Dispersion of power is therefore one the answers to our world’s ills. This is one of the only ways to avoid true inequality and to maximise opportunities for the individual and wider community. We should be looking to create aspirational communities not divided ones. We can do this by focusing on those things we share and unite us. It’s impossible for every individual and community to share all the same values and principles, but looking for and focusing on the wide range of ones we do share is a great starting point.

    How do we disperse power? For start, we need to move away from the current party system, as this leads to corruption and the focus on the needs of the party and its leadership rather than on those of the people it says it’s serve. Our constitution needs to change to restore the checks and balances that have served us week, but which have been eliminated by successive bouts if short term thinks, or dare I say it cynical grabs for power.

    We need open and honest discussions, even if it offends. We need to fiercely protect our right to say what we think. It’s a matter of record that the Chernobyl disaster came about out of fear of being punished by the powers that be, if you spoke to warn that the authorities were wrong.

    The Hate Crime legislation is not only unenforceable, it is iniquitous and the antithesis of a free society.

    True incitement to cause real harm, not the “hurty” feelings variety is still very important, but it’s also critically important to allow even unpleasant and vile thoughts to be aired. This is the only way you can bring them out into the bright light of day and not let them fester. You can debate and change hearts by listening and by critical thinking based debate.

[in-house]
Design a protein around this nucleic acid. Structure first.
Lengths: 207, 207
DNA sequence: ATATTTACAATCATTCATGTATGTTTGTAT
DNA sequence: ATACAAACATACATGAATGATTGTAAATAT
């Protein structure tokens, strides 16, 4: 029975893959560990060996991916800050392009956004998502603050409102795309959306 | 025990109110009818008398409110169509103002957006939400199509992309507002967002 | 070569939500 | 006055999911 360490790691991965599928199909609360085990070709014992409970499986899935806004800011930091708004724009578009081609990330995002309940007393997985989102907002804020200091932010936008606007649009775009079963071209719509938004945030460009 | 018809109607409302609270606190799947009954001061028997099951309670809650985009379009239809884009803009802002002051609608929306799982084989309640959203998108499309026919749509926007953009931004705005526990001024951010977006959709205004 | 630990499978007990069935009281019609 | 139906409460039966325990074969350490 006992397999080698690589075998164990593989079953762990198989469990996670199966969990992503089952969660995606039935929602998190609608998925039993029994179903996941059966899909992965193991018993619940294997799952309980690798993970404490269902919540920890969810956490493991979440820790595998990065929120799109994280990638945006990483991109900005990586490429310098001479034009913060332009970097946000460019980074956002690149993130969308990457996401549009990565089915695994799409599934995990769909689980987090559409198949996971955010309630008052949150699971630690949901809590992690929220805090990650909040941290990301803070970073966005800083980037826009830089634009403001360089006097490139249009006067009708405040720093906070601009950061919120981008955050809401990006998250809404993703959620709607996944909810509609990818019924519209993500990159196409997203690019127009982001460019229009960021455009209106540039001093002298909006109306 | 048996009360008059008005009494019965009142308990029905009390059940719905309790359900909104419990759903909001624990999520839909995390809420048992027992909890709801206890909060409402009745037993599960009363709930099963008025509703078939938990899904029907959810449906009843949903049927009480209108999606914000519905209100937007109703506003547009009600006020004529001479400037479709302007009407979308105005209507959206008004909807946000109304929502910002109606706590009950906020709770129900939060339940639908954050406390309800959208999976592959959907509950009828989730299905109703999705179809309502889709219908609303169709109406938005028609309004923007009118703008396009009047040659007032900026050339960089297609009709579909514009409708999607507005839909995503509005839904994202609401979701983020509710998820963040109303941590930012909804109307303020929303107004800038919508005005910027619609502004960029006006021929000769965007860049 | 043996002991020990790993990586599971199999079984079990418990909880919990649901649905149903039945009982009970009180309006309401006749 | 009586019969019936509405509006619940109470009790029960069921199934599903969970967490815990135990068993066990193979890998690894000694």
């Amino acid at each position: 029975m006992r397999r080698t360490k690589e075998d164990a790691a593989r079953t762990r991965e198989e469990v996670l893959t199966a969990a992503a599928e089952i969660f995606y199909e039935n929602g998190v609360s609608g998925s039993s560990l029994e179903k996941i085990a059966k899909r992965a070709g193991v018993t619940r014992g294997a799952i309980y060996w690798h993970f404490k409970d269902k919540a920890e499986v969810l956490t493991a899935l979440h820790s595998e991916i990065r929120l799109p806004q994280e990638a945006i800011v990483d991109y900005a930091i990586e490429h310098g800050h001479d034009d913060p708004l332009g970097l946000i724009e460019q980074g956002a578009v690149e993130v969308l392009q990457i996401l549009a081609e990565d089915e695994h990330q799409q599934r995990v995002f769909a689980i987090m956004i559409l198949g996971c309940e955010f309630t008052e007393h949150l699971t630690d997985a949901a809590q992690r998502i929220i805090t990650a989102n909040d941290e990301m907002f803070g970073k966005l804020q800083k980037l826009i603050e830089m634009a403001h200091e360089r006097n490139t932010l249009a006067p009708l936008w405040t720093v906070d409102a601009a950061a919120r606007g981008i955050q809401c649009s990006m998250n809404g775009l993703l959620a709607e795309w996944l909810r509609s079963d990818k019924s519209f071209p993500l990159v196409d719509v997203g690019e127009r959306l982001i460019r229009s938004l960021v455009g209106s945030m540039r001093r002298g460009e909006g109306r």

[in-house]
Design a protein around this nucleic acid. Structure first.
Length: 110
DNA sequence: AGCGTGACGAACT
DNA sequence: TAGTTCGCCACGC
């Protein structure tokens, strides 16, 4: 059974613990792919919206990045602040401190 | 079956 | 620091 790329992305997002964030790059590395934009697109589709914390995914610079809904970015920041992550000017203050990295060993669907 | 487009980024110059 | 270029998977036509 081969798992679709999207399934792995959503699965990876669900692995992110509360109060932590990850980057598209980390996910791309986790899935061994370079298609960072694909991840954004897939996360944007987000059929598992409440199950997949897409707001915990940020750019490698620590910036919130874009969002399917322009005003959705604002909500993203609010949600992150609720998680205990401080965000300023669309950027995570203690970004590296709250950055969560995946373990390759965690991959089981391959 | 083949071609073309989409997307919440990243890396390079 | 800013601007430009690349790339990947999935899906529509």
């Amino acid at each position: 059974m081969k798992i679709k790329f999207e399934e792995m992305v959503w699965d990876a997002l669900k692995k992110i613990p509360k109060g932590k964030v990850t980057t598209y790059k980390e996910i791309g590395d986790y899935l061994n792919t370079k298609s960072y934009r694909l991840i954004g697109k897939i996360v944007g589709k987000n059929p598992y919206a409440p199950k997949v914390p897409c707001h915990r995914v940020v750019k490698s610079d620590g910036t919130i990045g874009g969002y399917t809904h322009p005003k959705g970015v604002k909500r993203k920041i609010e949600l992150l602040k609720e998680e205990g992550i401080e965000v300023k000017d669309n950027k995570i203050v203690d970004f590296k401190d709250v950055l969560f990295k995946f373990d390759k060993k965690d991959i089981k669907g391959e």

As someone who grew up with very poor formal schooling, it was my hiding in libraries as a small child and youth to avoid the violence and discomfort of a rough neighbourhood that I was introduced to an unlimited world of knowledge, and of different voices and language I could not possibly been exposed to in my disadvantaged environment.

    Please invite voices like mine, which I know many of you disagree with (which is OK), and dare to listen with an open mind. Try not to focus on the use of clever language to display your hard earned education, or to display your membership of a loud social-justice minded part of society.

    Look for the meaning behind sometimes clumsy language. Use some of that empathy you normally reserve for the person defined by their intersectional victimhood ranking, and give a thought for the young poor white heterosexual boy from the rough area, who will have done well to avoid an early life of violence, drugs, crime and poor educations opportunities. He too has a story; he too has a soul; he too has a life worth valuing and saving. Saving him not just on your privileged ideas, but on his and the all-inclusive aspirational community we should be striving to build.

    Good luck!

    1. SteveH says:

      My apologies for the typos in my piece. I have struggled at times when reading or writing text. It’s worse when I do so on a small device. I hope you get the gist of what I’m trying to say.

    2. SleepingDog says:

      @SteveH, talking of educated elites, I’ve been reading philosopher Susan Neiman on Learning from the Germans. One of her interviewees says that Germans today still don’t get that it was educated elites driving Nazism, with 8 out of 15 of those deciding the Final Solution at Wannsee having PhDs. She writes that professors largely adapted well to the Nazi system, and many people voted Nazi to keep their privileges. Indeed, After the failure of Nazism, these people largely kept their top jobs. Now, you’ve publicly admired the Nazis, although perhaps Wannsee was where you say they went ‘too far’. But it’s important to understand that these Nazi educated elites also were teaching anti-Enlightenment (says Neiman).

      And the European Enlightenment itself was heavily influenced by contact with other cultures at a time when Europe was socially-politically backward compared to the rest of the world, with superstition and mostly monarchies. It was mass education, increasing women’s equality and the idea communism of printed book culture that accelerated the capacity of Western nations to influence the world, for good or evil (and their empires were and are evil). Yet despite evidence of who actually funds universities (Glasgow by the arms trade, etc), you keep harping on as if (tertiary) education is just one thing, dominated by one ideology.